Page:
Understanding generations key to business

10/31/2012 09:42:00 AM
Amelia Freidline

Seth Mattison of BridgeWorksAmelia FreidlineSeth Mattison, keynote speaker for Sonoma, Calif.-based BridgeWorks, explains generational differences during an Oct. 26 workshop at Fresh Summit 2012 in Anaheim, Calif.ANAHEIM, Calif. — With four generations participating in today’s business world, understanding the characteristics, wants and needs of each group is crucial in making connections with clients or consumers, said Seth Mattison, a keynote speaker for Sonoma-based BridgeWorks LLC.

During at Oct. 26 workshop at Fresh Summit 2012 called “Closing the Gap: Engaging Multiple Generations in Today’s Marketplace,” Mattison explained key traits of four generational groups and how those factors influence their decisions and buying habits.

Mattison said traditionalists, those born before 1946, grew up with a strong sense of brand loyalty.

“It’s the generation that grew up with the idea of lifetime employment” and of sticking to a particular brand like Ford vehicles or John Deere tractors, he said, cautioning business against taking that commitment for granted.

“Make sure they know you appreciate their loyalty,” he said.

Baby boomers, born 1946-1964, are “one of the most idealistic and optimistic generations ever,” Mattison said.

Baby Boomers are characterized by a youthful spirit while also being fiercely competitive, he said.

“In order to connect, you have to think about where they are in their lives.”

Many baby boomers are juggling responsibilities to aging parents with Generation Y children moving back home after college as well as work responsibilities, Mattison said, so companies should make it simple for that demographic to work with them.

“Sometimes it’s a simple as ‘Keep your communication simple and easy,’” he said.

In contrast to baby boomers, those in Generation X, born 1965-1981, tend to be skeptical and distrust messages they see as phony or manipulative. The advent of 24-hour entertainment and news television channels such as MTV and CNN saturated Gen-X’ers with marketing messages and news of scandals in every aspect of society, Mattison said.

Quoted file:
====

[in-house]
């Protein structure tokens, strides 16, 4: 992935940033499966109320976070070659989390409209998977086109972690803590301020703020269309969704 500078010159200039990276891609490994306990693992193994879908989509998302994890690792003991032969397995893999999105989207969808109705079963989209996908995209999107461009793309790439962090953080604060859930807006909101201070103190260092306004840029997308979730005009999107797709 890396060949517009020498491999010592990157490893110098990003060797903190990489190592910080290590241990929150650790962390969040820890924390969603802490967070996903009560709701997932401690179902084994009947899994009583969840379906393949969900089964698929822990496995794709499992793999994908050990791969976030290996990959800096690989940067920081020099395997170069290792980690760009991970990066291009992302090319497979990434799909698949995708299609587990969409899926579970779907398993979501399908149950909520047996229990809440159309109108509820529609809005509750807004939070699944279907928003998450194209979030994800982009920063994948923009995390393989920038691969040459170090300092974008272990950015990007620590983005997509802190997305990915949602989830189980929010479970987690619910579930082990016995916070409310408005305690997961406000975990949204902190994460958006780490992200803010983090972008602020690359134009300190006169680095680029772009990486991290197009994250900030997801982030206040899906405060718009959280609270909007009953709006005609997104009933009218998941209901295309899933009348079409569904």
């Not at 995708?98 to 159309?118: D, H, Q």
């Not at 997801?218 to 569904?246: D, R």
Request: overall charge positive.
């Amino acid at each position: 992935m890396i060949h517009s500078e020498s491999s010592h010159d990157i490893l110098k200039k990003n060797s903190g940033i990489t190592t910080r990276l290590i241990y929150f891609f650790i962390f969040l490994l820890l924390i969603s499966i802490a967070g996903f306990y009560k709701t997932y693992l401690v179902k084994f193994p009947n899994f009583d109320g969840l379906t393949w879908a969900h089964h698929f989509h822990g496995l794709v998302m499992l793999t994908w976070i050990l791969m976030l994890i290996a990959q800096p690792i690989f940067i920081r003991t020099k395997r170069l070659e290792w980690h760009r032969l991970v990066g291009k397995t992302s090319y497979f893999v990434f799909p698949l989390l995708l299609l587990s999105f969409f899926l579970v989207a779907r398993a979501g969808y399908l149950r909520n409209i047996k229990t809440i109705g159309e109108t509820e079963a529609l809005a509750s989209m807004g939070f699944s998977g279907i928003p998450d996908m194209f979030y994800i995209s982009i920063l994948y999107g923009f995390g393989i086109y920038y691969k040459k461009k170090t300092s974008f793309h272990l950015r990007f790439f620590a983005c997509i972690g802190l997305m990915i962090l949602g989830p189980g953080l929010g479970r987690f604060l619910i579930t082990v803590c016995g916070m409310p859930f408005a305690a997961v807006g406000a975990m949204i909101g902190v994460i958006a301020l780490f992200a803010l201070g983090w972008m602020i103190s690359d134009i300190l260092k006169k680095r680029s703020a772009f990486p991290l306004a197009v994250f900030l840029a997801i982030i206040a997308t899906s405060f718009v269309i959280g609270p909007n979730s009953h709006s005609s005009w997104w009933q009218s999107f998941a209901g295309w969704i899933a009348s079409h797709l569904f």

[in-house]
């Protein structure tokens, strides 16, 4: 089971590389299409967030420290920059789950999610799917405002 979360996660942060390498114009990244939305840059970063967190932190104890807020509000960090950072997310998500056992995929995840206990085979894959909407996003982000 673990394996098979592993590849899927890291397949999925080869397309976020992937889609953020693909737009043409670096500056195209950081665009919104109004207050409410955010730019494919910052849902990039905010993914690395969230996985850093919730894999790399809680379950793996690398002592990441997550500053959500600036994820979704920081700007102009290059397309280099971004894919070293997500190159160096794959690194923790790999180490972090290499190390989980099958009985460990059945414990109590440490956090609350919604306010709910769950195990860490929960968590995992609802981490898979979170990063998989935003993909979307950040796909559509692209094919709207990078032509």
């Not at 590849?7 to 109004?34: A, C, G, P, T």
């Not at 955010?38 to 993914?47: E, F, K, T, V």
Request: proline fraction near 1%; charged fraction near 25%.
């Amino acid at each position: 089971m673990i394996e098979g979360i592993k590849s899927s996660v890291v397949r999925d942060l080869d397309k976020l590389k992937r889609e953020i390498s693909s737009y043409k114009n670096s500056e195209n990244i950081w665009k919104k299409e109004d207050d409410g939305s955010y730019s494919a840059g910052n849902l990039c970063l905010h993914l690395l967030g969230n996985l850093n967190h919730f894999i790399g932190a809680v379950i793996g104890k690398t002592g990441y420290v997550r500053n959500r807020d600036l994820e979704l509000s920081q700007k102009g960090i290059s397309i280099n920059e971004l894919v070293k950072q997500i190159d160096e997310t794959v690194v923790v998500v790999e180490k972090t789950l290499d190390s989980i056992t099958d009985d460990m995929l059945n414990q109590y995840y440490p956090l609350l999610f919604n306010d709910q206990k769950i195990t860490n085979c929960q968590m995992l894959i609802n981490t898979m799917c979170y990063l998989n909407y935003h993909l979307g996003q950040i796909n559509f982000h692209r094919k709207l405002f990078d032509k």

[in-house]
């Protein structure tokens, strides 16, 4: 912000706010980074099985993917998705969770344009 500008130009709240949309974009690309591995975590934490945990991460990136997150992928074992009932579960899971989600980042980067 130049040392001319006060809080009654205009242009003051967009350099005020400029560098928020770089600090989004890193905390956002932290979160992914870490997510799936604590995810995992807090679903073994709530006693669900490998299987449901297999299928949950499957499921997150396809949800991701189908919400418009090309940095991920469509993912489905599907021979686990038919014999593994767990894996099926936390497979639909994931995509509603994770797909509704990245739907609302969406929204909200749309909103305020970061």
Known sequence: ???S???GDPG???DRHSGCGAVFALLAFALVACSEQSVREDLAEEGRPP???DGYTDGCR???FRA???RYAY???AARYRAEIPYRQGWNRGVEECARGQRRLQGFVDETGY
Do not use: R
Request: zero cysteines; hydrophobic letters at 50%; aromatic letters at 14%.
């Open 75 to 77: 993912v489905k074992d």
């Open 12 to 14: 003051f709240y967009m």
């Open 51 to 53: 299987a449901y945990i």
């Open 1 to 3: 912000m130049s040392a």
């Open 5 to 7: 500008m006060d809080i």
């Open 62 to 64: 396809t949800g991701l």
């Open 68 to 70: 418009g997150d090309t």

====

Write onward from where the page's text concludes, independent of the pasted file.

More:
“There is no generation that hates to be sold to as much as Generation X,” he said. “We’ve got to be willing to work with that skepticism.”

Generation X consumers value transparency, authenticity and candor, Mattison said, and will trust third-party opinions of a company or product rather than the company’s own marketing messages.

He cited Generation X mom bloggers as an example of companies tapping into that demographic trend to reach consumers with information about their products.

Millenials, born 1982-2000, have been most affected by the explosion of technology during their lives and the rate at which change happens, Mattison said.

He said Millenials were raised with a strong sense of their individuality and uniqueness, and this influences the way they interact and communicate at work and in the marketplace. Because of the emphasis on individuality, Mattison said, a customized approach to products and services is important to younger consumers.

“How and where can you customize the experience for this generation?” he asked.

Mattison said Millenials are more likely to trust the opinions and recommendations of strangers in the online community than their friends or family or companies themselves. He said integrity and efficiency are also influencing factors for the demographic.

Communication and flexibility are crucial to understanding and working with any generation, however, Mattison said, and all four need to learn to work together to make businesses successful.



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